Saturday, May 25, 2013

One Giant Party-Caused Disaster

Chinese social network sites that help individuals react faster than the government in reacting to natural disasters are unnerving to Chinese Communist Party authorities.

After all, mobilizing people for natural disasters provides practice for mobilizing people for political disasters:

The original Dictator’s Dilemma refers to an authoritarian government’s competing interest in using information communication technology by expanding access to said technology while seeking to control the democratizing influences of this technology. In contrast, the “Dictator’s Disaster Lemma” refers to a repressive regime confronted with effectively networked humanitarian response at the grassroots level, which improves collective action and activism in political contexts as well. But said regime cannot prevent people from helping each other during natural disasters as this could backfire against the regime.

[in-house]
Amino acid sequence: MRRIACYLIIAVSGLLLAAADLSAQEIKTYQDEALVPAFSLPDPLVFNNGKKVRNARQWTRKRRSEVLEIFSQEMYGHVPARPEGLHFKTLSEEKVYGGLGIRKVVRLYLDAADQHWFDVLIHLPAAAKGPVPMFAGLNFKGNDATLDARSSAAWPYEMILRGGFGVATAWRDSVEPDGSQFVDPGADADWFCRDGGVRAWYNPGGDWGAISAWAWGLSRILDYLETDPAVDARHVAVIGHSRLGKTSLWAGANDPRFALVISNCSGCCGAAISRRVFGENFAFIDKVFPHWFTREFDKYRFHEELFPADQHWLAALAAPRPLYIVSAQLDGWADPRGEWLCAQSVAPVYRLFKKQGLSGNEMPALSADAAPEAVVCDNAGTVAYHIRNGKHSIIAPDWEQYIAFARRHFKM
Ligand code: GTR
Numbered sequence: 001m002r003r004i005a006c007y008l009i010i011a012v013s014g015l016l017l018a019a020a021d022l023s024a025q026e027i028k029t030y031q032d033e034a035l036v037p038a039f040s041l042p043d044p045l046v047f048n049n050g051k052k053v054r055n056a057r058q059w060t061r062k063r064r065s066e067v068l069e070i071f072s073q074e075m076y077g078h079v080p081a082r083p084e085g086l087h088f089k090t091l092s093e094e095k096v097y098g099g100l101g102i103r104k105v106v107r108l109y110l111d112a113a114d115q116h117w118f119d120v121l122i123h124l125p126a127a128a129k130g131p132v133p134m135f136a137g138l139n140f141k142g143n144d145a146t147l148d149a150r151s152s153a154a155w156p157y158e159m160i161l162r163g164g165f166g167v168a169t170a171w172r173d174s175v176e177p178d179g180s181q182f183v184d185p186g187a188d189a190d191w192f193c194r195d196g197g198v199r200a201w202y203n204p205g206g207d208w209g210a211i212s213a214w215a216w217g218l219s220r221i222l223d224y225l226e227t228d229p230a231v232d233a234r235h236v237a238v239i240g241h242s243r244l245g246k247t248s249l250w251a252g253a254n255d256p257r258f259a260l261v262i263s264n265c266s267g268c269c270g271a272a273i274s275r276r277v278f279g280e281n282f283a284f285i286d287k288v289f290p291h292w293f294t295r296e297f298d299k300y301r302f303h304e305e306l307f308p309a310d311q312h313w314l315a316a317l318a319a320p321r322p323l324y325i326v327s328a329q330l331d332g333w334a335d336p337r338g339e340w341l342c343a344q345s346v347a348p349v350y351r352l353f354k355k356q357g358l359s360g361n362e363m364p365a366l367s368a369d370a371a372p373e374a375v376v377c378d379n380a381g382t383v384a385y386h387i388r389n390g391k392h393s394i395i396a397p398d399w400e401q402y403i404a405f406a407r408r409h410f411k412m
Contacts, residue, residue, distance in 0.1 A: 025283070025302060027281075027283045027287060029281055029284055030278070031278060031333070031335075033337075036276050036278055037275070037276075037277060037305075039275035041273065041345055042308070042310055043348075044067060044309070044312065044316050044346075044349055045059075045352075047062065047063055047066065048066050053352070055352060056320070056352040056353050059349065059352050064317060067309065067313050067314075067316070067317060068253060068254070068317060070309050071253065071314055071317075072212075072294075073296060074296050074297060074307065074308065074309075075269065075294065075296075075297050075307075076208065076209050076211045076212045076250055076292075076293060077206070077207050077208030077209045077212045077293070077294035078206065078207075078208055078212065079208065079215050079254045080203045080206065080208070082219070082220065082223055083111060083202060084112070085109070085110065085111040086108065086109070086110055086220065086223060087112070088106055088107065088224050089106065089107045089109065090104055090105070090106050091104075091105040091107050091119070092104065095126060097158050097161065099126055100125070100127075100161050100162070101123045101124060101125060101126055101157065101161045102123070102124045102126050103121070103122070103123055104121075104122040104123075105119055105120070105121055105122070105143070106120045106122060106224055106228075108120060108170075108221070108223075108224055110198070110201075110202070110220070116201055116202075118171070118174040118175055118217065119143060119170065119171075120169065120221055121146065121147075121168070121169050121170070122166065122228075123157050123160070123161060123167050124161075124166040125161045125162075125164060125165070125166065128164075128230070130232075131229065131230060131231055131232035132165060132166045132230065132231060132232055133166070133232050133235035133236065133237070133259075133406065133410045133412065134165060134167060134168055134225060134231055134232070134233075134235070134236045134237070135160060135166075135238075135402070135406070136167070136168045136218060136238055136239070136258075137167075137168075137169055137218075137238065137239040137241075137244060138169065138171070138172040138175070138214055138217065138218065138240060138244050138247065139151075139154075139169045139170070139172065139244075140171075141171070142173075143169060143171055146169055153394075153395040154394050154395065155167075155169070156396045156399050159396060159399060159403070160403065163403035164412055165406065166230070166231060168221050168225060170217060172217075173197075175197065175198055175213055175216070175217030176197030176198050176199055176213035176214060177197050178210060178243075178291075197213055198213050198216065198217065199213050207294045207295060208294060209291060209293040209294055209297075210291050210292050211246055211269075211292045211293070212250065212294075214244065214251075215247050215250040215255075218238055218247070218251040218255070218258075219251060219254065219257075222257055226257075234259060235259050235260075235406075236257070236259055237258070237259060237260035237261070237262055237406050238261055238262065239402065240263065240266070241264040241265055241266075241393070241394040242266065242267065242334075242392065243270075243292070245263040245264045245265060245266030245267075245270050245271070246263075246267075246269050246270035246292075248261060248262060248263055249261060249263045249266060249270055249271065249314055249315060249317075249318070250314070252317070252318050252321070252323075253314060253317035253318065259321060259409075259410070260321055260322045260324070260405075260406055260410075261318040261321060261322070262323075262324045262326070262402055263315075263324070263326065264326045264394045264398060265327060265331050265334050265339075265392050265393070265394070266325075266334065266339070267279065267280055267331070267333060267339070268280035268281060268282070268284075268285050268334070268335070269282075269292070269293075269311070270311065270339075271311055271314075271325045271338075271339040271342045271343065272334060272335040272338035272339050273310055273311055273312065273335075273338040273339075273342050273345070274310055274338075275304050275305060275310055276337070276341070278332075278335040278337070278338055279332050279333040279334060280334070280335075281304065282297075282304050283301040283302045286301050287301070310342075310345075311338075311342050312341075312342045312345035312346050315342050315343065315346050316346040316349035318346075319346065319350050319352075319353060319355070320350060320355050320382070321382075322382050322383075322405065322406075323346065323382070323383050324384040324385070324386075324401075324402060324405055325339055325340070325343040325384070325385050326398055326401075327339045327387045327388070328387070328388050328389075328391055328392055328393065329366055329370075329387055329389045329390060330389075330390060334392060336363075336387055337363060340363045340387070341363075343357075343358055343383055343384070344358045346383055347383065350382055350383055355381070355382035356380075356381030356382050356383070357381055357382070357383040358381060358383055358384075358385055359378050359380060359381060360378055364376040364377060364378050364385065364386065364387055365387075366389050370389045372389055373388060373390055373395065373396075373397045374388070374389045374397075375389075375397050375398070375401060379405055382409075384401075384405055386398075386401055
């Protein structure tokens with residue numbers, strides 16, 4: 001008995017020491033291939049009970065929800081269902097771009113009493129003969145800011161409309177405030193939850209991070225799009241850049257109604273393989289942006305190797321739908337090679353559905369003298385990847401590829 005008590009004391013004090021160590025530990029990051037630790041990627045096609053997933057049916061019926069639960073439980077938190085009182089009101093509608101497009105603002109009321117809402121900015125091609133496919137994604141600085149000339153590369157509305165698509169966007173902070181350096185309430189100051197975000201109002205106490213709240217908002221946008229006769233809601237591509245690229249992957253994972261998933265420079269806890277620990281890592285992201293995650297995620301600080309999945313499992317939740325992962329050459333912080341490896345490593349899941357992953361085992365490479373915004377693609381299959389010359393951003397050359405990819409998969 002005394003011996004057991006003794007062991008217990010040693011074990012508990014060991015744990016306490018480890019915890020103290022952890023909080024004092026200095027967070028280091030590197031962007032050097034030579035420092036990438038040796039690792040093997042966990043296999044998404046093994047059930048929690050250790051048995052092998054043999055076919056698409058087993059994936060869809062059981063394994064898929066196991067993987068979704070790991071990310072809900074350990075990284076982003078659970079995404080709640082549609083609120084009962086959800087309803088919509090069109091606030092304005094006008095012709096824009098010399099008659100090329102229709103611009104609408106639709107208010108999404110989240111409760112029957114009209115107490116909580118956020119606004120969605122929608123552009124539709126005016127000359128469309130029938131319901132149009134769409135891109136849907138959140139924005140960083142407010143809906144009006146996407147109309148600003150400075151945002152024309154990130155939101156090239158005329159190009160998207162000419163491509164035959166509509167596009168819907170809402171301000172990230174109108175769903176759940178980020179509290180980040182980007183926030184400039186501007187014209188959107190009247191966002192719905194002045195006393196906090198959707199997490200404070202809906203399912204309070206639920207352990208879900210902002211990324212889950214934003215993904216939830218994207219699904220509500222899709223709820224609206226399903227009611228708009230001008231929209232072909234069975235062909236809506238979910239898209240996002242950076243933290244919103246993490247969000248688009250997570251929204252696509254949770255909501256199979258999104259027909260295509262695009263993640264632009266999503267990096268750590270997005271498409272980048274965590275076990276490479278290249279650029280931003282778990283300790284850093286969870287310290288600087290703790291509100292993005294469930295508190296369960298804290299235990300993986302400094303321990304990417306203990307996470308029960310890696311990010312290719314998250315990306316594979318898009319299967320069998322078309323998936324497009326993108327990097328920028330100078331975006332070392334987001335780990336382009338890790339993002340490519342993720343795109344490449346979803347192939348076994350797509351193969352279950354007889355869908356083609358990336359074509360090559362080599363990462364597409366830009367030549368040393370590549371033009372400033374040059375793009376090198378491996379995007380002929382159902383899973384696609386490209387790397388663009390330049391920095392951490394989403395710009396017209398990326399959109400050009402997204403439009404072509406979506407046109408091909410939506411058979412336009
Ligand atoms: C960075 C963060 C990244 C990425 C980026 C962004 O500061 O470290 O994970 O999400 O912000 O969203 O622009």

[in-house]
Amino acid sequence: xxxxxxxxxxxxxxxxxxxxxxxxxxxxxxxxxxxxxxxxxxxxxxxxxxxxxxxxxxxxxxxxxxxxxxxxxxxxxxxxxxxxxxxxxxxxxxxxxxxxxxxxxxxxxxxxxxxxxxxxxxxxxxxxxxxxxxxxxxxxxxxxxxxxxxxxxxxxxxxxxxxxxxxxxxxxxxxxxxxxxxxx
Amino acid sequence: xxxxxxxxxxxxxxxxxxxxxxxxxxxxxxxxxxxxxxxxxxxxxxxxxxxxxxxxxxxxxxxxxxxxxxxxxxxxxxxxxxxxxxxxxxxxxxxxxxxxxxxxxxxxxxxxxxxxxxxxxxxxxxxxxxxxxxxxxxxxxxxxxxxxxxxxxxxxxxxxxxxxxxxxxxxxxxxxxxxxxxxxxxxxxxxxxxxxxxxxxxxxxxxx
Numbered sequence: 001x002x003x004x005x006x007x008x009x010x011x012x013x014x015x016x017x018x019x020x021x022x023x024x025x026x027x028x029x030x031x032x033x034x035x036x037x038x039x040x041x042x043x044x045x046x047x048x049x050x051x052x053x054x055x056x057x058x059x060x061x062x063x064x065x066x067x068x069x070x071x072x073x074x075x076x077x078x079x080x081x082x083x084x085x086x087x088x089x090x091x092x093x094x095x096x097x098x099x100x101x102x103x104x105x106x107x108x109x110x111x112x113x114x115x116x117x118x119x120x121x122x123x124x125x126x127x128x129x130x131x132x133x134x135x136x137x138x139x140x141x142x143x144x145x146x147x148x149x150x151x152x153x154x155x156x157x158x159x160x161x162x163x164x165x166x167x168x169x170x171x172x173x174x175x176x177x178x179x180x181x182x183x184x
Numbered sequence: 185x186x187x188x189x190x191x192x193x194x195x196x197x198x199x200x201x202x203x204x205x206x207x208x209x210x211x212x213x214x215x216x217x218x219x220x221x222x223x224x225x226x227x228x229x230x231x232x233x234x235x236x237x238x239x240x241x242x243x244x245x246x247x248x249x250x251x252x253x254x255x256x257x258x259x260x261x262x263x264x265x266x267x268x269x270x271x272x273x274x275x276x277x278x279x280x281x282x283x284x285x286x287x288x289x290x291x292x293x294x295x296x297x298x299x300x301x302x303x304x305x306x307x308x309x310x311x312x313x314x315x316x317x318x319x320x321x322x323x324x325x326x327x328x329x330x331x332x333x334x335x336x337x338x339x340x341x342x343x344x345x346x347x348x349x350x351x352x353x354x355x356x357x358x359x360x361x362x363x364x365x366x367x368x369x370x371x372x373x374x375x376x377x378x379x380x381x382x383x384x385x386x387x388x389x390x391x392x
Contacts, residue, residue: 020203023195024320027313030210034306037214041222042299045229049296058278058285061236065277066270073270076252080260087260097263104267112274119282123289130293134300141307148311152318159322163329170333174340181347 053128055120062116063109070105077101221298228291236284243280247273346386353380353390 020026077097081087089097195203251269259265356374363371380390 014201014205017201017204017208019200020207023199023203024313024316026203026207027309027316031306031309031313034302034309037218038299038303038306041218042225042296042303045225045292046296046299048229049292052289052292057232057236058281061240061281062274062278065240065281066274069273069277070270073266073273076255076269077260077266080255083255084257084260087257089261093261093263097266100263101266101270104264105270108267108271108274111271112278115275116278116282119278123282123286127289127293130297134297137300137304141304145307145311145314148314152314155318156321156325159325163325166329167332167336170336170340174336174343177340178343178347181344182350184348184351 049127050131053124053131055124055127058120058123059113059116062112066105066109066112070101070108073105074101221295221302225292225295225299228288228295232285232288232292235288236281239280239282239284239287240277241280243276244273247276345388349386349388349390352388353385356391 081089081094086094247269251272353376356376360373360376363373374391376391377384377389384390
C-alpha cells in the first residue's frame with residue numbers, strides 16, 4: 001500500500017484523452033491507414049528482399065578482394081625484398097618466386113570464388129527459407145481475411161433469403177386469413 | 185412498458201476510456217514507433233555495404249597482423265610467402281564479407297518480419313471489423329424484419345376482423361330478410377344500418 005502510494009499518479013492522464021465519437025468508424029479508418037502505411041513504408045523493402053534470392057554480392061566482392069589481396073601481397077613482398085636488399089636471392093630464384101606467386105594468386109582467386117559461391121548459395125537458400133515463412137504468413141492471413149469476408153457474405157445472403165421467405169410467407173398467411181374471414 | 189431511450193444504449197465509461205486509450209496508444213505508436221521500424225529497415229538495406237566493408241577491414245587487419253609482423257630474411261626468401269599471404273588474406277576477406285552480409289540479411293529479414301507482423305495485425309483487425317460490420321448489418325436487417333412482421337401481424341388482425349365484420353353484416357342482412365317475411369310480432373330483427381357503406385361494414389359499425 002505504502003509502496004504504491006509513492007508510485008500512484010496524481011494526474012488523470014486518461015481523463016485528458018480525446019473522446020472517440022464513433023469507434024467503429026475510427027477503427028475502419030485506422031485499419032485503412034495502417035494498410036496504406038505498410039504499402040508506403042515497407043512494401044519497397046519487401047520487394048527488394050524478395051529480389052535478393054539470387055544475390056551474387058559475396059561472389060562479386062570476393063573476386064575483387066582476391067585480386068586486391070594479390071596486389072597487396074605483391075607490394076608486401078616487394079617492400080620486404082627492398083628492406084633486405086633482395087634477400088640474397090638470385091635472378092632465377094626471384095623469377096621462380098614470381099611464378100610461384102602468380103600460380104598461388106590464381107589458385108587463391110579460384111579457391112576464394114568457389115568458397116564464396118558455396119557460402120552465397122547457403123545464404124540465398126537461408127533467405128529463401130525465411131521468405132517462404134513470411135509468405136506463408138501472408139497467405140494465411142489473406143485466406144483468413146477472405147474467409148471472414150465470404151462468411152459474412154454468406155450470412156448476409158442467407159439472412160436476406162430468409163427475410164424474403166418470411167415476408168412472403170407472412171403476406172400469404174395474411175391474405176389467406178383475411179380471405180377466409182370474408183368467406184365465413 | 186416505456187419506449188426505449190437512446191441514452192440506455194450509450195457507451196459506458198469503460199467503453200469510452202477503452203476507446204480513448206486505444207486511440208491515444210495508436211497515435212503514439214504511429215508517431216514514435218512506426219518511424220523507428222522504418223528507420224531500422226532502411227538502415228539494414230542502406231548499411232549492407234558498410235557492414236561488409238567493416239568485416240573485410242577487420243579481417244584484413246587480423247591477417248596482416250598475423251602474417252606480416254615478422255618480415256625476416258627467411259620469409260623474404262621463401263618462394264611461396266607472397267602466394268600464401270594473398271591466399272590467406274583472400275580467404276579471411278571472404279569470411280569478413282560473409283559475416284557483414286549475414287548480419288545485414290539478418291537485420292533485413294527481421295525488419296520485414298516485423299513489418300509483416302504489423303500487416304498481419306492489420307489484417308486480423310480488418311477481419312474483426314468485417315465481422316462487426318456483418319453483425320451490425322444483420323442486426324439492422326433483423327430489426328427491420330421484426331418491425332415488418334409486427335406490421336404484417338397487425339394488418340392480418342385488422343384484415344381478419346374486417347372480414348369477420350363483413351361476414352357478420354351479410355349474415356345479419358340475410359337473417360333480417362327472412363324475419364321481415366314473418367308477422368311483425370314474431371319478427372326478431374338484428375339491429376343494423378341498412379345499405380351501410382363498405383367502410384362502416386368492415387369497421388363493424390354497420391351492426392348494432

Certainly, the Chinese leadership can be pleased with how their troops can react to peacetime natural disaster. Moving fast and exercising command and control for an unexpected mission is good training for wartime missions, obviously.

The problem for Peking is that effective popular response to natural disasters is good training for policital missions, too. But how does China prevent that help/practice without looking evil?